Dialogue within dialogue can help:
  • Tell us how something that's said makes the POV character feel. How do they react?
  • Expand on what was said (or not said). What's between the lines? What does it mean?
  • Help us focus on or remember something significant. What does the POV character notice?

In this, entry number 005 in the Write Like Fleming Series, in which I delve into the writing style of one of my favourite authors, Ian Fleming, we'll see how Fleming uses dialogue within dialogue to add richness and tension to one of the most famous and prevalent scenes in the Bond series.

The interview with M.

It's in every book, and almost every movie. Unlike in the movies, though, where the "interviews" tend to be fairly quick, in the books, they are chapter-long affairs, where Bond anticipates, analyzes, and reflects on the mission to come — all during the briefing itself. They're brilliant examples of dialogue within dialogue, and the example below is the most brilliant of them all.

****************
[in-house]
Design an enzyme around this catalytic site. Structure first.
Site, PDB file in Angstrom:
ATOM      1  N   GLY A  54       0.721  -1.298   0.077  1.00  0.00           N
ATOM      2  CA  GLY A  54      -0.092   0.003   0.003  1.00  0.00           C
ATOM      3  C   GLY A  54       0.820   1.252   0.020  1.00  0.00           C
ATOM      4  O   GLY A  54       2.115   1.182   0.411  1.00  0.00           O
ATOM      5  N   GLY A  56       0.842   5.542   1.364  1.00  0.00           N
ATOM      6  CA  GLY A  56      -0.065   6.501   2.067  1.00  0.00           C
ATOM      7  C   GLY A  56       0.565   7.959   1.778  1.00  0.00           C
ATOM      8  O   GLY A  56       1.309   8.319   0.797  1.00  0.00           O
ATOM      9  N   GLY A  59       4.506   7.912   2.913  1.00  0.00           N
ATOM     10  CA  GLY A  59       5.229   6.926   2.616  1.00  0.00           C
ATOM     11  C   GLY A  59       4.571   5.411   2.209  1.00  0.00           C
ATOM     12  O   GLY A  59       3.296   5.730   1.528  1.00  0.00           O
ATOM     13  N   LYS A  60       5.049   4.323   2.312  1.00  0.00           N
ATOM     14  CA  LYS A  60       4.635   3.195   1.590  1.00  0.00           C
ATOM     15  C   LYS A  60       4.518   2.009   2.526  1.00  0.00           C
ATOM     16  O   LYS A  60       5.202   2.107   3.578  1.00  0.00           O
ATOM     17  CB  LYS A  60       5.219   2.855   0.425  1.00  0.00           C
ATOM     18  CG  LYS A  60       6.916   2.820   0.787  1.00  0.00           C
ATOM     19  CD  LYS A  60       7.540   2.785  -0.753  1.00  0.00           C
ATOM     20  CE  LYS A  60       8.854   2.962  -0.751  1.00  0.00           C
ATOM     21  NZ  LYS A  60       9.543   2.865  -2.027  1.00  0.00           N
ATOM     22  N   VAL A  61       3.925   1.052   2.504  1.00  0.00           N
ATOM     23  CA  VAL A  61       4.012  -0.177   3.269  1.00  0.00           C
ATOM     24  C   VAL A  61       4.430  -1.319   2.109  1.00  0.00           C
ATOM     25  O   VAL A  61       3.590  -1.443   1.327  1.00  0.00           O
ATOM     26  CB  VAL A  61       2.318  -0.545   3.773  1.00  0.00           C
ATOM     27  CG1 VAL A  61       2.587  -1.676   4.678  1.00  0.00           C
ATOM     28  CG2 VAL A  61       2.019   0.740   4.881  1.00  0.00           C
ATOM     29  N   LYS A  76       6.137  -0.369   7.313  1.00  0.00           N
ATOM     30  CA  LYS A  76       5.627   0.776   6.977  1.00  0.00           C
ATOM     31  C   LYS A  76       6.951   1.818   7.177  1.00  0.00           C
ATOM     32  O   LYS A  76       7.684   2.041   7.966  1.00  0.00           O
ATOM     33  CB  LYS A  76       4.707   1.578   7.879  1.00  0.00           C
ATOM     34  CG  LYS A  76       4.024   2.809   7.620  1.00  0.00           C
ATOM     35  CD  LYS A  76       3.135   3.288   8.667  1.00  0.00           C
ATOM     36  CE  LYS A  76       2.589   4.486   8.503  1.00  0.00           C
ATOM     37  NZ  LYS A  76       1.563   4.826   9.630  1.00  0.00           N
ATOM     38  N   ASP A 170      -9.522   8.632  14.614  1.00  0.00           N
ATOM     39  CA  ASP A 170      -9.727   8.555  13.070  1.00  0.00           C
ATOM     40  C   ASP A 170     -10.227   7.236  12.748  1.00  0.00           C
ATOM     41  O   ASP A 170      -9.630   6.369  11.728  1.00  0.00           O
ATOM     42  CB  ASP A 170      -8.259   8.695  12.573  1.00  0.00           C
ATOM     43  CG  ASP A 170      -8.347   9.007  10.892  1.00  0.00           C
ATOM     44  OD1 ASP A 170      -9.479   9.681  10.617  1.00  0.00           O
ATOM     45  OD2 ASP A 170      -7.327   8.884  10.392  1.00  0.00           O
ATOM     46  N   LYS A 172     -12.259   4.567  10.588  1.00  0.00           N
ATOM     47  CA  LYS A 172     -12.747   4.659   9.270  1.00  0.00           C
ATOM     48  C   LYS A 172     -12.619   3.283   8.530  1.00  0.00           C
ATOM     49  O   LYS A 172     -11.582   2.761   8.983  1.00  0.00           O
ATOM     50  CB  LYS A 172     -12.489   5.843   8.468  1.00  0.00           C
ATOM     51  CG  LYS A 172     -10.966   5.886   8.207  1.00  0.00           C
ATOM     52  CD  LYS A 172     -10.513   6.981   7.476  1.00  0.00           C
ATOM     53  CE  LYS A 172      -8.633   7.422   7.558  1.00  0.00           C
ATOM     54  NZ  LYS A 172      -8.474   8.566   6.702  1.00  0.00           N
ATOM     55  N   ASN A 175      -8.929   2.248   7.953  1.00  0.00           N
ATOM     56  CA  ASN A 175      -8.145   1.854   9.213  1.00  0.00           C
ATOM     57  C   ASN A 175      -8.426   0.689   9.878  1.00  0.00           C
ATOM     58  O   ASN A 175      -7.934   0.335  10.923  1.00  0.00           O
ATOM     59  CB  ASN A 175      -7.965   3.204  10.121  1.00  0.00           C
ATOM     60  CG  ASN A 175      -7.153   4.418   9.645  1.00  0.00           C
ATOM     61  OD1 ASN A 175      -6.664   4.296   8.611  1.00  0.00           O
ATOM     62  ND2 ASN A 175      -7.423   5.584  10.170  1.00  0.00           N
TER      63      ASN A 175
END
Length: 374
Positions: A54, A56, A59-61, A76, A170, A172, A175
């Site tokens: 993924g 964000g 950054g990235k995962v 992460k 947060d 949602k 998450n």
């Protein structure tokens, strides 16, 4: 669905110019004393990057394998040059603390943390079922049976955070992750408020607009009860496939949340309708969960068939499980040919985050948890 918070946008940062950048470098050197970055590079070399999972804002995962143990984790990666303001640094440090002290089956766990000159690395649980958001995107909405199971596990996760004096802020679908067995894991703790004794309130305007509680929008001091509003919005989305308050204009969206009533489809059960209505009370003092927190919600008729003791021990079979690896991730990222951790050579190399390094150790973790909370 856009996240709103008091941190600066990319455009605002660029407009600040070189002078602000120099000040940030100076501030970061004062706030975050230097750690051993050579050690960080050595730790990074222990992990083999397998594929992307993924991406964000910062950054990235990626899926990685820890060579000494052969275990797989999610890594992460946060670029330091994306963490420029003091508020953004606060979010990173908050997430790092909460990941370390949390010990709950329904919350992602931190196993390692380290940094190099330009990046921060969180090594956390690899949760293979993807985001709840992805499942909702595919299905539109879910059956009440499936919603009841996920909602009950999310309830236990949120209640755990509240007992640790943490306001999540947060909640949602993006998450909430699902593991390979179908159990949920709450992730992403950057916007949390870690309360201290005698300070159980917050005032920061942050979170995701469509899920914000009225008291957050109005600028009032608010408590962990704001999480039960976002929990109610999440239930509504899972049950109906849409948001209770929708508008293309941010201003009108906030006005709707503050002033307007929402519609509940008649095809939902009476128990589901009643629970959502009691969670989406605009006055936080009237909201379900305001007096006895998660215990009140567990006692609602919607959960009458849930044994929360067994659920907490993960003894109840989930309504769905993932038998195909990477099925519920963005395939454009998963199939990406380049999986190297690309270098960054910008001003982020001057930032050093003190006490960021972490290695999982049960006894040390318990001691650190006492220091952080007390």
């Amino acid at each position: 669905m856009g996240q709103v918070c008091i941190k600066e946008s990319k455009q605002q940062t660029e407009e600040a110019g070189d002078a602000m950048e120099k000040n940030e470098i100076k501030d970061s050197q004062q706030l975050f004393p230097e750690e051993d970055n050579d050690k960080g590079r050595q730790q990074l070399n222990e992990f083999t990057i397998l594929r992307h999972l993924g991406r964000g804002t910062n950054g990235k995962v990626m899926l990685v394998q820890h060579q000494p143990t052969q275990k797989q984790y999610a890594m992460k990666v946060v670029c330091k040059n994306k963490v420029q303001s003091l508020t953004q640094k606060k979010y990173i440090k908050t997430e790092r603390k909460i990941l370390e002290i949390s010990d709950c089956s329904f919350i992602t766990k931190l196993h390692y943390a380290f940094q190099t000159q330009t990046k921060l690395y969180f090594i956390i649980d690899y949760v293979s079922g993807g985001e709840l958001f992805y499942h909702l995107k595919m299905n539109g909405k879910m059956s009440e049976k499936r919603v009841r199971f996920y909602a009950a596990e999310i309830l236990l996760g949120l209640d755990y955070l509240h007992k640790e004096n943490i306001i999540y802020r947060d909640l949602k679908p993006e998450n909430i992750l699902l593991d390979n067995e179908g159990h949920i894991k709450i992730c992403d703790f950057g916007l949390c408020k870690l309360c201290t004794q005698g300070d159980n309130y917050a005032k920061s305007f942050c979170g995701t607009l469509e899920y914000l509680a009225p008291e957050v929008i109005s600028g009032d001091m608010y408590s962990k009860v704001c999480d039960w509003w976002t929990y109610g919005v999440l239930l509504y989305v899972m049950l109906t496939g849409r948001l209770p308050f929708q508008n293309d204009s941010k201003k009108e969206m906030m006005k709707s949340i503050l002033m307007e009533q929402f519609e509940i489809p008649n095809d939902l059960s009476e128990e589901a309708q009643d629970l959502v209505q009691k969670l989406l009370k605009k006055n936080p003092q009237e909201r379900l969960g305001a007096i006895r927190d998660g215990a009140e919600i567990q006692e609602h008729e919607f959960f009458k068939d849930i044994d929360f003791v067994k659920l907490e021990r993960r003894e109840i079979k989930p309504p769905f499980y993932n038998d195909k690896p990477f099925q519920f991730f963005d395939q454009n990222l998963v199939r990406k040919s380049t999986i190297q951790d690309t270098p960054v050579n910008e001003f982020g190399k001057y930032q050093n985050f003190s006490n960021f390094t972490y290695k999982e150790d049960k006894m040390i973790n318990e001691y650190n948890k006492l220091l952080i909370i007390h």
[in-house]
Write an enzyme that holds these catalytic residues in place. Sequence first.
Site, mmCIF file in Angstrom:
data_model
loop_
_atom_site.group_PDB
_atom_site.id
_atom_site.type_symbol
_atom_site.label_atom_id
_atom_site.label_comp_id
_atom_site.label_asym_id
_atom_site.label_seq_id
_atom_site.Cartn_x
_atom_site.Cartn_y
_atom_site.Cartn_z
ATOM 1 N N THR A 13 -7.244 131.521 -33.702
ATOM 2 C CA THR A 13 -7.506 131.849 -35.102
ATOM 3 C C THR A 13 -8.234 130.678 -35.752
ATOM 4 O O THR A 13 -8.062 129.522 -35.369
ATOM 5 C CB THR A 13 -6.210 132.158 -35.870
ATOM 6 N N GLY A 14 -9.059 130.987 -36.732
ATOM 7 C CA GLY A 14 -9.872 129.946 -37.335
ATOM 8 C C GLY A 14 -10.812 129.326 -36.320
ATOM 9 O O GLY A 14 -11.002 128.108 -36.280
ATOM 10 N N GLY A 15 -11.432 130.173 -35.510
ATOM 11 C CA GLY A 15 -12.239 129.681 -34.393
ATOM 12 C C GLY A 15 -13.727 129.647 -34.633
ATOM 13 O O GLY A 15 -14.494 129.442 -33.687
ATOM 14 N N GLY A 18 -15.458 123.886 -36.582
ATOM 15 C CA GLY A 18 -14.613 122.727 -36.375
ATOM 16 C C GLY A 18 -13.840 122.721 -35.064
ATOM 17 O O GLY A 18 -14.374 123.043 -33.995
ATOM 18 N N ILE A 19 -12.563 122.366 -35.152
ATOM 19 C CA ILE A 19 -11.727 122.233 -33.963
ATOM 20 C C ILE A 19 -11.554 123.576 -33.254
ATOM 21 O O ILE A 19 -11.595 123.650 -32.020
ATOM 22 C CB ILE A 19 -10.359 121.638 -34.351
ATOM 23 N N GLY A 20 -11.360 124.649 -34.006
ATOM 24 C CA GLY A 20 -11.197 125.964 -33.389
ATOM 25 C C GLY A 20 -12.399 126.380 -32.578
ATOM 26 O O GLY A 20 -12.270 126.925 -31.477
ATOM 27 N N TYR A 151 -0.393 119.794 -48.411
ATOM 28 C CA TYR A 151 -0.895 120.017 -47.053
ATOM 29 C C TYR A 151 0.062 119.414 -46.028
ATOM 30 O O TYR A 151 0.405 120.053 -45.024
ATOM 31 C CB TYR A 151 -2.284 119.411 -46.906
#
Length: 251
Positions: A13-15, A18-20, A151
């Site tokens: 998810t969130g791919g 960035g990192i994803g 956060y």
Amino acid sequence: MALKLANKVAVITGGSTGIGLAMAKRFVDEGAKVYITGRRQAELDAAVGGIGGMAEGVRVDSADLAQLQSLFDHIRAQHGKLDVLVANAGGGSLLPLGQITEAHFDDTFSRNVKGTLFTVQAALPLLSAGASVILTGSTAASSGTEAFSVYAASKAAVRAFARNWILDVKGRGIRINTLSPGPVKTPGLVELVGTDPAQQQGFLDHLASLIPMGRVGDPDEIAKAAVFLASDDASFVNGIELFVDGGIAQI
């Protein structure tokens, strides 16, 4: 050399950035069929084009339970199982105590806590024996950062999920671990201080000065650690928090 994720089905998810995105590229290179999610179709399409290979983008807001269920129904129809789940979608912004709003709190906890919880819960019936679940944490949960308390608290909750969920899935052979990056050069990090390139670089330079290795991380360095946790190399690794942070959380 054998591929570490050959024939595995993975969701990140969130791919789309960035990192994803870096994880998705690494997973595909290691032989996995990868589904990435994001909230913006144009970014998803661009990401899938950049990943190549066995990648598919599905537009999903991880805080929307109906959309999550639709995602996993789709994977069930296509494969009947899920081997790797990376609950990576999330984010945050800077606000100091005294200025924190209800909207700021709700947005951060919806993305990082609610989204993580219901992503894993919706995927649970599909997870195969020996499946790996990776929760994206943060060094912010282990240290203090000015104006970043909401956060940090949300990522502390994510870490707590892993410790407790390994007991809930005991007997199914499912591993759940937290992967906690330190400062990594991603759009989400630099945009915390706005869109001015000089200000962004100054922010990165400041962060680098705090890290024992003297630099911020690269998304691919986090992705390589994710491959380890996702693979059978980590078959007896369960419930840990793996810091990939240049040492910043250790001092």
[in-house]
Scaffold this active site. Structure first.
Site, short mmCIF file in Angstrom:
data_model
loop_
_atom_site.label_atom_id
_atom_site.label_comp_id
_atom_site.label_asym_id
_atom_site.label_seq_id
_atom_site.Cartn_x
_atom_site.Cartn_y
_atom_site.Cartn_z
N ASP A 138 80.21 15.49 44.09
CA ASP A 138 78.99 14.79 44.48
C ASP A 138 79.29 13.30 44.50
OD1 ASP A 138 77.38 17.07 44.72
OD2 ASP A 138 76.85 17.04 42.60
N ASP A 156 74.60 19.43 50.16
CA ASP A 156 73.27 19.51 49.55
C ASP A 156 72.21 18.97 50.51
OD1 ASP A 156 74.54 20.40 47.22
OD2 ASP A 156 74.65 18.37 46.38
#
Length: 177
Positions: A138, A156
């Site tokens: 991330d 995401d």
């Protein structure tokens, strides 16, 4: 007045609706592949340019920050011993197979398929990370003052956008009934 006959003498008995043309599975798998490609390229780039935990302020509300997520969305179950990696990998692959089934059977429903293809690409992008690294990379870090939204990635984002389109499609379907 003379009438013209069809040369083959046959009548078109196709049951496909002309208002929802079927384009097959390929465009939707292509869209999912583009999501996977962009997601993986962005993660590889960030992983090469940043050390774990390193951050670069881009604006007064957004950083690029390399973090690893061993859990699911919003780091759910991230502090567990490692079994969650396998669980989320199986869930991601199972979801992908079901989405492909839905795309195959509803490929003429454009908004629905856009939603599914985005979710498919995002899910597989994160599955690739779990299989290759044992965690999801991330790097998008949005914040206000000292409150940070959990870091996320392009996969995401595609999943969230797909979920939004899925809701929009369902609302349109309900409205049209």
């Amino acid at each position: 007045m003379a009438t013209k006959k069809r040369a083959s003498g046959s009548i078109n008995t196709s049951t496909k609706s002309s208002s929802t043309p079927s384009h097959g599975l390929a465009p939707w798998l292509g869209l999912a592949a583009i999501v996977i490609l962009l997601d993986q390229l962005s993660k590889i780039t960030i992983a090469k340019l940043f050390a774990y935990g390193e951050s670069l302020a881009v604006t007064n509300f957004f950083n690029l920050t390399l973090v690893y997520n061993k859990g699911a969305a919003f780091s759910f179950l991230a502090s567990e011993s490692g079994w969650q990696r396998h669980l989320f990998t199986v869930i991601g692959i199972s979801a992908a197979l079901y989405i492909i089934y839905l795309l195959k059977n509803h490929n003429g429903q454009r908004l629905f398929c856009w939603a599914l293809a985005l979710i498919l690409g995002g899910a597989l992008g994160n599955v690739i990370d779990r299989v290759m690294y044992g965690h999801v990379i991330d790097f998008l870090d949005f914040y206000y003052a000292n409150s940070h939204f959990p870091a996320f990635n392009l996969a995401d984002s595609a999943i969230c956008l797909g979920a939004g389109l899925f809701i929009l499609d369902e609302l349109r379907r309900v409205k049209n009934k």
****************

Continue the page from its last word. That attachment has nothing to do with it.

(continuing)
Source

In "The Living Daylights", Bond encounters an M who is cold and short — more so than usual. He is about to give Bond a dirty assignment — a killing assignment, a murder — and he knows it.

He is sending Bond to Germany, to the no man's land that separates East and West Berlin, in order to protect a defector, agent 272, from being killed by a KGB sniper called "Trigger".


But to protect 272, he'll have to kill this sniper, this "Trigger".

Here's the scene clean, without dialogue within dialogue. Tight and quick, but do you get the full meaning of what's actually happening, between the lines?